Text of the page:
“Beyoncé Circa Lemonade” can feel a little meandering and repetitive, but it still contains the nuggets of truth that make Single Parents worthwhile.
This recap of Single Parents Episode 4, “Beyoncé Circa Lemonade”, contains spoilers. You can find out what we thought of the previous episode by clicking these words.
Ah, sleep training – I remember the days. There’s nothing worse than listening to your child scream like a banshee for most of the night, and repeat that every night for seemingly forever, until they blessedly, finally learn to fall asleep on their own. So I immediately felt for Miggy (Jake Choi) in “Beyoncé Circa Lemonade” when he turned up looking like an extra from The Walking Dead and announced, naively, that he still snuggles his kid at night. Bah, I thought. You rookie!
Then again we were all rookies at some point, which is probably why the other parents are so eager to help him out. Angie (Leighton Meester) believes she can sleep train baby Jack in one night, but admittedly it’s a rash response to Douglas (Brad Garrett) insisting that women are no good at it. The terms? If she can do it, she gets to root around through the samples at Doug’s dermatology office. (“Ah, the closet of youth. Who do you think you are, Jenny Aniston?”) But if she can’t, she has to chaperone the field trip that Doug has just been saddled with.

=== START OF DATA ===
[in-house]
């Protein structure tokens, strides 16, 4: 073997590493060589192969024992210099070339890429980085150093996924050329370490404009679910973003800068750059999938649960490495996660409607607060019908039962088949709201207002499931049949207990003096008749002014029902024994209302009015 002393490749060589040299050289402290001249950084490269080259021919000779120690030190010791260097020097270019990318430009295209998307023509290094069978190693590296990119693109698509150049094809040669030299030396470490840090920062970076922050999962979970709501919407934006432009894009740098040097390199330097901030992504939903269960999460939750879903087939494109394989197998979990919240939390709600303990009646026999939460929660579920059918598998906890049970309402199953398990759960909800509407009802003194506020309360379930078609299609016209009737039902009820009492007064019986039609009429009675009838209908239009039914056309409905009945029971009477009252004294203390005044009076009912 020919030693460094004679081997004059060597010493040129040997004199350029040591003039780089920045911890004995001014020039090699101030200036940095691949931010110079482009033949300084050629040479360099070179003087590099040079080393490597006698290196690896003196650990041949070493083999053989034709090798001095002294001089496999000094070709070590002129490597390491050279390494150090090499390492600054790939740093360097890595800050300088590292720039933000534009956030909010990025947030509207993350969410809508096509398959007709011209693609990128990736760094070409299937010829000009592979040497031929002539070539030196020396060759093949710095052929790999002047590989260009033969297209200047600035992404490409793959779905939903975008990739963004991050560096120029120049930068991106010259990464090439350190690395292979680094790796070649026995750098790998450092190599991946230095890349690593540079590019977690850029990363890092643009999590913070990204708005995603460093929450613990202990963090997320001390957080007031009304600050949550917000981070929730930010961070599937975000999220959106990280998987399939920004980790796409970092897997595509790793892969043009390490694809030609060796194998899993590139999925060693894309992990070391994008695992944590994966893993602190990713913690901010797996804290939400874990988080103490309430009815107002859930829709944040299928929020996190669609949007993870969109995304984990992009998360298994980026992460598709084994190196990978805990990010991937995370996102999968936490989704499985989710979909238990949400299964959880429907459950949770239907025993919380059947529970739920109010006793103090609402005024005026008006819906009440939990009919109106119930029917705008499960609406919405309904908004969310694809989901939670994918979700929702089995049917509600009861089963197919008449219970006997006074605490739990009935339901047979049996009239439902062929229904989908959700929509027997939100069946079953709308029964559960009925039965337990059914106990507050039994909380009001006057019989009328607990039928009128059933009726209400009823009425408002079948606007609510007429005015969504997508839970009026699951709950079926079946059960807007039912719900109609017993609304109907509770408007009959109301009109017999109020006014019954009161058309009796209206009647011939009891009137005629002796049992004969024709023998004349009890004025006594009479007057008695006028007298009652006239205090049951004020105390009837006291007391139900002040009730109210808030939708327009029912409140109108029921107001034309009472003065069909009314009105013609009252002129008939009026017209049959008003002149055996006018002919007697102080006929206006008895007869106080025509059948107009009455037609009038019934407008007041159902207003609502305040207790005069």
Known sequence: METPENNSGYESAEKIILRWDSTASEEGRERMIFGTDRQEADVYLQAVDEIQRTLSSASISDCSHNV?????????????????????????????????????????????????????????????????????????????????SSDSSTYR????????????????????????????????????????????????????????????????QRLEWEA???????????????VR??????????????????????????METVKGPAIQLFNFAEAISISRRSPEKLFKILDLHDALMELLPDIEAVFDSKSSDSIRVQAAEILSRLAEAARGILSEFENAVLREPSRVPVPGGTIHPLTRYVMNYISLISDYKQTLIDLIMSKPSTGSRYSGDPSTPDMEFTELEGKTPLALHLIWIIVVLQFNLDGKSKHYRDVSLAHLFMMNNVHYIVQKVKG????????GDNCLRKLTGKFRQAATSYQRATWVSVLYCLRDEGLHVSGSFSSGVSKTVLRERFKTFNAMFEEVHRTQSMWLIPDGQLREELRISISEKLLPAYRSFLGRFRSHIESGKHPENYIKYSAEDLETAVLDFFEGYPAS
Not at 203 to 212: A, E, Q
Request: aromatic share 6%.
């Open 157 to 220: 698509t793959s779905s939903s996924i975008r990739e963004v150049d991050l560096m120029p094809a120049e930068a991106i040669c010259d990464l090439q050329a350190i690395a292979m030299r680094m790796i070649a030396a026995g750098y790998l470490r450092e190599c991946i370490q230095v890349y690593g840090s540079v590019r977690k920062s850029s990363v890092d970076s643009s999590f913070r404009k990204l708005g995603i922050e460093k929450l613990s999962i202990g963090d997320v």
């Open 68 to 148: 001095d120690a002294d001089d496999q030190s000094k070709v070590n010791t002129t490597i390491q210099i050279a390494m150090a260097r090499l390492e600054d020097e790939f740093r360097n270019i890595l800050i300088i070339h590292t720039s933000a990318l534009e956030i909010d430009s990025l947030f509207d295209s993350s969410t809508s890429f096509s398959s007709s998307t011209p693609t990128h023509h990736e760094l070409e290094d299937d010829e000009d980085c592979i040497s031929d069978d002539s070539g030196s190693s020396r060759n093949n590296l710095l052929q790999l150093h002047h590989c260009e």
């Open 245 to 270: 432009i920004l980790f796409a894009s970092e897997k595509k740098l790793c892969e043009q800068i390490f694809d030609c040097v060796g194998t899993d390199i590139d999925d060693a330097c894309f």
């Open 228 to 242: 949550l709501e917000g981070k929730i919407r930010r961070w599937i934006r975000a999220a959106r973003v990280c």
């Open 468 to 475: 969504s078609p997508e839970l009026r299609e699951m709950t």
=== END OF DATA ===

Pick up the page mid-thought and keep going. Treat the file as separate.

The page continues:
In the meantime, Poppy (Kimrie Lewis), increasingly the only voice of reason, endeavours to help Will (Taran Killam) work through his anger over his ex-wife a) leaving, and b) failing to visit Sophie (Marlow Barkley) on a regular basis. His current solution is baking (“Please tell me there are drugs in these”), which obviously isn’t cutting it. Her solution: Volleyball, which works surprisingly well, mostly because Taran Killam absolutely kills it here. It turns out that if you’re feeling like “Beyoncé Circa Lemonade”, the best solution is to abuse a volunteer referee.
While Angie miserably fails at sleep training baby Jake, Miggy miserably fails at looking after the older kids, who arrange to have a party instead. (“You’re basically our age. We like you, but we don’t respect you.”) The theme here – it seems as always – is Graham (Tyler Wladis) learning to embrace his sensitivity. Doug, meanwhile, is learning the same thing, as Angie catches him in the act of his “masculine” sleep training routine, which is just like hers.
Of the takeaways here, some feel trite and repetitive. Yes, we get it; it’s fine to be emotional. Good, even. But there’s something Doug says that rings especially true, which is that no matter how hard you try to make your kids think and behave a particular way, ultimately they’re only ever going to be who they are. It’s nuggets like that which make Single Parents worthwhile and consistently enjoyable, and particularly well-suited to those of us who have been and continue to be there.